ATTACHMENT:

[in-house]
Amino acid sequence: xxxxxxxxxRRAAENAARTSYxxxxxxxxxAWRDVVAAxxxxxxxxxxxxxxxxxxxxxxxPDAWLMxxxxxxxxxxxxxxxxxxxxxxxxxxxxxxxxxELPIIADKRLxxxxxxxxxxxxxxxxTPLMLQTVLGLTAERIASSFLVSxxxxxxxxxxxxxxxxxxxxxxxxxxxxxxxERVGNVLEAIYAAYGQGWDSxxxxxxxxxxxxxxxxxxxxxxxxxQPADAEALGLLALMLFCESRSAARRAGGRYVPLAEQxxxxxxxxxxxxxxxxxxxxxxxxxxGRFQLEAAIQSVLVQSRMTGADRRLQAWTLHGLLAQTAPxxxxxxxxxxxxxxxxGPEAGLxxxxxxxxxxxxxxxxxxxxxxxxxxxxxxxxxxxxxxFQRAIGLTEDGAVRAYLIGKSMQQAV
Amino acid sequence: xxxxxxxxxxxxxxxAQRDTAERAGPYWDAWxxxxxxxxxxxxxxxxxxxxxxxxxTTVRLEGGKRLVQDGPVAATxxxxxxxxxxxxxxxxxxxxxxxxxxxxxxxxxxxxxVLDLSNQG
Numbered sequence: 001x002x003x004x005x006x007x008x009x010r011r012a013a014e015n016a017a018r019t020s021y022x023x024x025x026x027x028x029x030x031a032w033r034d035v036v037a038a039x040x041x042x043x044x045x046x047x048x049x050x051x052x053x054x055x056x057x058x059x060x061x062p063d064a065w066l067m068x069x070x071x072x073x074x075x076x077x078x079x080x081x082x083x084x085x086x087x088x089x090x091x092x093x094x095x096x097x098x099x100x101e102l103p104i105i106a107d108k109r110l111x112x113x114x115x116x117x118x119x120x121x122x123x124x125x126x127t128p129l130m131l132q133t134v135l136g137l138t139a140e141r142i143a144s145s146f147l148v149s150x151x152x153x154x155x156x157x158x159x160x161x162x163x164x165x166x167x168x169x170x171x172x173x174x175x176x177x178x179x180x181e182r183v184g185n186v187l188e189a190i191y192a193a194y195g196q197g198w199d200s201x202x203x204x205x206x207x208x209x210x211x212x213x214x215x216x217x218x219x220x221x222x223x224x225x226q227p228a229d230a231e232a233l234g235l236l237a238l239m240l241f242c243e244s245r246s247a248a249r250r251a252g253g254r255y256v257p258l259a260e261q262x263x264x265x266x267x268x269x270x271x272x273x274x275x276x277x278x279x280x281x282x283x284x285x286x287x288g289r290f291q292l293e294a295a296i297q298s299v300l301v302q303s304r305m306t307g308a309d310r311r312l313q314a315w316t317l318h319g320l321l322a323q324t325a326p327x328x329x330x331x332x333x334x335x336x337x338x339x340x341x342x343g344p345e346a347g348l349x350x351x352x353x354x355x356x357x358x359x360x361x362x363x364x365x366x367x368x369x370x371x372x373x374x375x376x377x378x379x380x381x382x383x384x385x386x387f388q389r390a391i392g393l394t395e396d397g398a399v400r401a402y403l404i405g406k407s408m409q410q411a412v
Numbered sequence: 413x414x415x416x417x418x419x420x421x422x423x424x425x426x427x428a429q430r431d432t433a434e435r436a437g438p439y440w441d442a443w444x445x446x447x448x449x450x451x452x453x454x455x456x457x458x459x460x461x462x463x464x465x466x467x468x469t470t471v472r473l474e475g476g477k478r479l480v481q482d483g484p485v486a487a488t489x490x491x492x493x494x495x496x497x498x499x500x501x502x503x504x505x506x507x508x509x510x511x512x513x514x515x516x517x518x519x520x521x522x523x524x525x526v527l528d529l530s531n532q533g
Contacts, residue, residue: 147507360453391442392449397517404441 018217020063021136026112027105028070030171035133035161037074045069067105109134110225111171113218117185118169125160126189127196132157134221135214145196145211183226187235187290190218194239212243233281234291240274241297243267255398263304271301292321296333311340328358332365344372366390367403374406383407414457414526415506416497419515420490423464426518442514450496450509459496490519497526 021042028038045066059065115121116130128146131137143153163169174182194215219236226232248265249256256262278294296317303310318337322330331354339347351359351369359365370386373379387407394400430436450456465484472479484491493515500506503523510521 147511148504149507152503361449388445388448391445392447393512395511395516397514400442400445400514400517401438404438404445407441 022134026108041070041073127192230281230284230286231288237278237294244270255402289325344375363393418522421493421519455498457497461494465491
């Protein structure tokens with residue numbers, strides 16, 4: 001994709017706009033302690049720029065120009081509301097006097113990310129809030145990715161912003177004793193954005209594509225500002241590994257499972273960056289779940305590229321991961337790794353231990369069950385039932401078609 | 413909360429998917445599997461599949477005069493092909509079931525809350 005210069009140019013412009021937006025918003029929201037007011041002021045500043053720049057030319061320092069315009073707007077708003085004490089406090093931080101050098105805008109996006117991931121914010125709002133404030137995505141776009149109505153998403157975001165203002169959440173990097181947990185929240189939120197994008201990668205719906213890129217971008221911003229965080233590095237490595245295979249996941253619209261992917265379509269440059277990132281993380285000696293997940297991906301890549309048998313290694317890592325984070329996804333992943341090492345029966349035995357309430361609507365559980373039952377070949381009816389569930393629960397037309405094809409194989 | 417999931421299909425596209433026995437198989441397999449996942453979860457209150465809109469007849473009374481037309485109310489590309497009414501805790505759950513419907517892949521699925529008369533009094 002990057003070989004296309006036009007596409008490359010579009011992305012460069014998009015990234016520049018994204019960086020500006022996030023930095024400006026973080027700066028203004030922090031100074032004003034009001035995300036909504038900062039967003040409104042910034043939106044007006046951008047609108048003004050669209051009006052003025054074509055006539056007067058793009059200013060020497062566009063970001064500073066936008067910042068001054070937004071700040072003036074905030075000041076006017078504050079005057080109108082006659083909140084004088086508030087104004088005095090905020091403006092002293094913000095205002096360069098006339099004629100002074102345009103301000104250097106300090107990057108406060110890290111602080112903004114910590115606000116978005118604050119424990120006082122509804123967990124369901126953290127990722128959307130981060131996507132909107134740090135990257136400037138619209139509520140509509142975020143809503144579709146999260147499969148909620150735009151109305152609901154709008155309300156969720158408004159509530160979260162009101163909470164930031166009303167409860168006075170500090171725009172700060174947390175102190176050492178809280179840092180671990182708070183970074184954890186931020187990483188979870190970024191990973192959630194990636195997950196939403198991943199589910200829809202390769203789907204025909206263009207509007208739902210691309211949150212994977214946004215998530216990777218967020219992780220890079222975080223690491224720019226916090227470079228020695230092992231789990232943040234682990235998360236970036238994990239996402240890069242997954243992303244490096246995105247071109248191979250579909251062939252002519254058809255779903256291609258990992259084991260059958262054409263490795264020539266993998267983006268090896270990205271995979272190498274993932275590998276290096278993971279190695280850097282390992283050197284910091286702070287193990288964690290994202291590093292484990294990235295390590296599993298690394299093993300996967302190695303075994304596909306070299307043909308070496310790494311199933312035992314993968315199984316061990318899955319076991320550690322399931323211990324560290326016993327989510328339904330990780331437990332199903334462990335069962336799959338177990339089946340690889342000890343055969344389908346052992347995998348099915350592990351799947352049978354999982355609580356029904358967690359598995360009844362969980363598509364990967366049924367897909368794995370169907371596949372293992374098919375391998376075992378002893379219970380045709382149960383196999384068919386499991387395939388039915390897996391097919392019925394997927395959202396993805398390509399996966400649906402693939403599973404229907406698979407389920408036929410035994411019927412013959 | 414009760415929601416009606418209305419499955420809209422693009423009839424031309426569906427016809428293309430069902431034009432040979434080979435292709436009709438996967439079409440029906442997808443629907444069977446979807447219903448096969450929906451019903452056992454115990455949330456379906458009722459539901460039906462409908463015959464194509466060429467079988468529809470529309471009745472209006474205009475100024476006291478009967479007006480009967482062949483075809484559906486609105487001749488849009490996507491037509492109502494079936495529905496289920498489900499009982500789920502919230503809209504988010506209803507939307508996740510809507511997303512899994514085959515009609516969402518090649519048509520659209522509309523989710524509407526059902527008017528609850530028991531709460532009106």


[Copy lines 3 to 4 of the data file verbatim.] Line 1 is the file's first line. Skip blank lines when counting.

Amino acid sequence: xxxxxxxxxxxxxxxAQRDTAERAGPYWDAWxxxxxxxxxxxxxxxxxxxxxxxxxTTVRLEGGKRLVQDGPVAATxxxxxxxxxxxxxxxxxxxxxxxxxxxxxxxxxxxxxVLDLSNQG
Numbered sequence: 001x002x003x004x005x006x007x008x009x010r011r012a013a014e015n016a017a018r019t020s021y022x023x024x025x026x027x028x029x030x031a032w033r034d035v036v037a038a039x040x041x042x043x044x045x046x047x048x049x050x051x052x053x054x055x056x057x058x059x060x061x062p063d064a065w066l067m068x069x070x071x072x073x074x075x076x077x078x079x080x081x082x083x084x085x086x087x088x089x090x091x092x093x094x095x096x097x098x099x100x101e102l103p104i105i106a107d108k109r110l111x112x113x114x115x116x117x118x119x120x121x122x123x124x125x126x127t128p129l130m131l132q133t134v135l136g137l138t139a140e141r142i143a144s145s146f147l148v149s150x151x152x153x154x155x156x157x158x159x160x161x162x163x164x165x166x167x168x169x170x171x172x173x174x175x176x177x178x179x180x181e182r183v184g185n186v187l188e189a190i191y192a193a194y195g196q197g198w199d200s201x202x203x204x205x206x207x208x209x210x211x212x213x214x215x216x217x218x219x220x221x222x223x224x225x226q227p228a229d230a231e232a233l234g235l236l237a238l239m240l241f242c243e244s245r246s247a248a249r250r251a252g253g254r255y256v257p258l259a260e261q262x263x264x265x266x267x268x269x270x271x272x273x274x275x276x277x278x279x280x281x282x283x284x285x286x287x288g289r290f291q292l293e294a295a296i297q298s299v300l301v302q303s304r305m306t307g308a309d310r311r312l313q314a315w316t317l318h319g320l321l322a323q324t325a326p327x328x329x330x331x332x333x334x335x336x337x338x339x340x341x342x343g344p345e346a347g348l349x350x351x352x353x354x355x356x357x358x359x360x361x362x363x364x365x366x367x368x369x370x371x372x373x374x375x376x377x378x379x380x381x382x383x384x385x386x387f388q389r390a391i392g393l394t395e396d397g398a399v400r401a402y403l404i405g406k407s408m409q410q411a412v